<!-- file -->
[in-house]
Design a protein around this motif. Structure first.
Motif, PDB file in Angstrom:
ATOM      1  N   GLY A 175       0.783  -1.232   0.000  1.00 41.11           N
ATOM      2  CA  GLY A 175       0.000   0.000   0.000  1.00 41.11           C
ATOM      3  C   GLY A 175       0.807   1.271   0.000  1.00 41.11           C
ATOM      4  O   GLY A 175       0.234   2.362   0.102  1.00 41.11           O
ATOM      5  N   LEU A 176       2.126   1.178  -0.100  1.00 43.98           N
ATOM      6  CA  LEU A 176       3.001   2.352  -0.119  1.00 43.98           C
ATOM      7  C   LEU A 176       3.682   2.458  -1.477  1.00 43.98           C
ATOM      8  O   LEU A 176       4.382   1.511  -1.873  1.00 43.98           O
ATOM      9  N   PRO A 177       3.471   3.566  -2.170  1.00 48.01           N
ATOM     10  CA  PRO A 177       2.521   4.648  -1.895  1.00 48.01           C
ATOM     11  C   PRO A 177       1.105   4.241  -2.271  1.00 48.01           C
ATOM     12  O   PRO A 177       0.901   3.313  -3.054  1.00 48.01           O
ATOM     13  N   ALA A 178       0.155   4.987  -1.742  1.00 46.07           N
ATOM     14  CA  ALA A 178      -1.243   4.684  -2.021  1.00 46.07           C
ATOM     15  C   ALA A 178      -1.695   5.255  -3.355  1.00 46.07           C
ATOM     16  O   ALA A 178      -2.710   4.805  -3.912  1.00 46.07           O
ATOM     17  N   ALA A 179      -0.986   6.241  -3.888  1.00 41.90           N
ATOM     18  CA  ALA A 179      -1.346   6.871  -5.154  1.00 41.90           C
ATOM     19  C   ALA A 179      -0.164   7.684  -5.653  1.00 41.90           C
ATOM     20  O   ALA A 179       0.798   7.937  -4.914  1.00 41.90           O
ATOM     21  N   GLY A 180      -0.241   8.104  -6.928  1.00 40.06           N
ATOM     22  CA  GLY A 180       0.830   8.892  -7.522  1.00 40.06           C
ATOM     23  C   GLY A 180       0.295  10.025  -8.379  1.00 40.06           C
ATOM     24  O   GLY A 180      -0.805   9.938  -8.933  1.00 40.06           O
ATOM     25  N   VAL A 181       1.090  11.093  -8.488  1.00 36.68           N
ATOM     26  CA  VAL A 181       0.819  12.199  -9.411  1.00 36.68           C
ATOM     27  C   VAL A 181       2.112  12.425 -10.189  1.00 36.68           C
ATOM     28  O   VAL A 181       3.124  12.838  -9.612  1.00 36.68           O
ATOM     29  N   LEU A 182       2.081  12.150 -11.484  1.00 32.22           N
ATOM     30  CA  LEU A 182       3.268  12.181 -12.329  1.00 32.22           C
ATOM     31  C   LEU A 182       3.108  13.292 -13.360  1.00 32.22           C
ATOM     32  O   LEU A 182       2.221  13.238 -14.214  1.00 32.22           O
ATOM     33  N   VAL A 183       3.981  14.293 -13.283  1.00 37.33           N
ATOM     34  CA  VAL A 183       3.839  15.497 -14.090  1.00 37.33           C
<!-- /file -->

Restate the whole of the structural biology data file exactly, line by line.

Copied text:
[in-house]
Design a protein around this motif. Structure first.
Motif, PDB file in Angstrom:
ATOM      1  N   GLY A 175       0.783  -1.232   0.000  1.00 41.11           N
ATOM      2  CA  GLY A 175       0.000   0.000   0.000  1.00 41.11           C
ATOM      3  C   GLY A 175       0.807   1.271   0.000  1.00 41.11           C
ATOM      4  O   GLY A 175       0.234   2.362   0.102  1.00 41.11           O
ATOM      5  N   LEU A 176       2.126   1.178  -0.100  1.00 43.98           N
ATOM      6  CA  LEU A 176       3.001   2.352  -0.119  1.00 43.98           C
ATOM      7  C   LEU A 176       3.682   2.458  -1.477  1.00 43.98           C
ATOM      8  O   LEU A 176       4.382   1.511  -1.873  1.00 43.98           O
ATOM      9  N   PRO A 177       3.471   3.566  -2.170  1.00 48.01           N
ATOM     10  CA  PRO A 177       2.521   4.648  -1.895  1.00 48.01           C
ATOM     11  C   PRO A 177       1.105   4.241  -2.271  1.00 48.01           C
ATOM     12  O   PRO A 177       0.901   3.313  -3.054  1.00 48.01           O
ATOM     13  N   ALA A 178       0.155   4.987  -1.742  1.00 46.07           N
ATOM     14  CA  ALA A 178      -1.243   4.684  -2.021  1.00 46.07           C
ATOM     15  C   ALA A 178      -1.695   5.255  -3.355  1.00 46.07           C
ATOM     16  O   ALA A 178      -2.710   4.805  -3.912  1.00 46.07           O
ATOM     17  N   ALA A 179      -0.986   6.241  -3.888  1.00 41.90           N
ATOM     18  CA  ALA A 179      -1.346   6.871  -5.154  1.00 41.90           C
ATOM     19  C   ALA A 179      -0.164   7.684  -5.653  1.00 41.90           C
ATOM     20  O   ALA A 179       0.798   7.937  -4.914  1.00 41.90           O
ATOM     21  N   GLY A 180      -0.241   8.104  -6.928  1.00 40.06           N
ATOM     22  CA  GLY A 180       0.830   8.892  -7.522  1.00 40.06           C
ATOM     23  C   GLY A 180       0.295  10.025  -8.379  1.00 40.06           C
ATOM     24  O   GLY A 180      -0.805   9.938  -8.933  1.00 40.06           O
ATOM     25  N   VAL A 181       1.090  11.093  -8.488  1.00 36.68           N
ATOM     26  CA  VAL A 181       0.819  12.199  -9.411  1.00 36.68           C
ATOM     27  C   VAL A 181       2.112  12.425 -10.189  1.00 36.68           C
ATOM     28  O   VAL A 181       3.124  12.838  -9.612  1.00 36.68           O
ATOM     29  N   LEU A 182       2.081  12.150 -11.484  1.00 32.22           N
ATOM     30  CA  LEU A 182       3.268  12.181 -12.329  1.00 32.22           C
ATOM     31  C   LEU A 182       3.108  13.292 -13.360  1.00 32.22           C
ATOM     32  O   LEU A 182       2.221  13.238 -14.214  1.00 32.22           O
ATOM     33  N   VAL A 183       3.981  14.293 -13.283  1.00 37.33           N
ATOM     34  CA  VAL A 183       3.839  15.497 -14.090  1.00 37.33           C